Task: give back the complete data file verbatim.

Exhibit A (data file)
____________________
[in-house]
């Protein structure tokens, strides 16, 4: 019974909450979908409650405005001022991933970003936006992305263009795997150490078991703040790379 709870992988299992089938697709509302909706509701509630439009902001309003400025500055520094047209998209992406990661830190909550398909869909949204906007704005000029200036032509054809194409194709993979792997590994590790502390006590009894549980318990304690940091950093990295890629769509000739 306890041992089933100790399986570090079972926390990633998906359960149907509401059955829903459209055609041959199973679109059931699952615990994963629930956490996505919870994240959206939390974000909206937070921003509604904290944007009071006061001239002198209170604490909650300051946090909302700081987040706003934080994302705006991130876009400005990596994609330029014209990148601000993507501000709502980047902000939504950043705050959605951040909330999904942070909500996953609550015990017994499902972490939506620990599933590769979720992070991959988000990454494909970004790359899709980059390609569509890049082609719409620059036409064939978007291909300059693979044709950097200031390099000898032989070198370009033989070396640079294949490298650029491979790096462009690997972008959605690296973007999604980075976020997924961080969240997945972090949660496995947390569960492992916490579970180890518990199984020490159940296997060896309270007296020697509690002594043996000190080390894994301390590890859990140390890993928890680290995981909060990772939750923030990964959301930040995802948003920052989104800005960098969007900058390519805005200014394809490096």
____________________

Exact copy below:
[in-house]
């Protein structure tokens, strides 16, 4: 019974909450979908409650405005001022991933970003936006992305263009795997150490078991703040790379 709870992988299992089938697709509302909706509701509630439009902001309003400025500055520094047209998209992406990661830190909550398909869909949204906007704005000029200036032509054809194409194709993979792997590994590790502390006590009894549980318990304690940091950093990295890629769509000739 306890041992089933100790399986570090079972926390990633998906359960149907509401059955829903459209055609041959199973679109059931699952615990994963629930956490996505919870994240959206939390974000909206937070921003509604904290944007009071006061001239002198209170604490909650300051946090909302700081987040706003934080994302705006991130876009400005990596994609330029014209990148601000993507501000709502980047902000939504950043705050959605951040909330999904942070909500996953609550015990017994499902972490939506620990599933590769979720992070991959988000990454494909970004790359899709980059390609569509890049082609719409620059036409064939978007291909300059693979044709950097200031390099000898032989070198370009033989070396640079294949490298650029491979790096462009690997972008959605690296973007999604980075976020997924961080969240997945972090949660496995947390569960492992916490579970180890518990199984020490159940296997060896309270007296020697509690002594043996000190080390894994301390590890859990140390890993928890680290995981909060990772939750923030990964959301930040995802948003920052989104800005960098969007900058390519805005200014394809490096």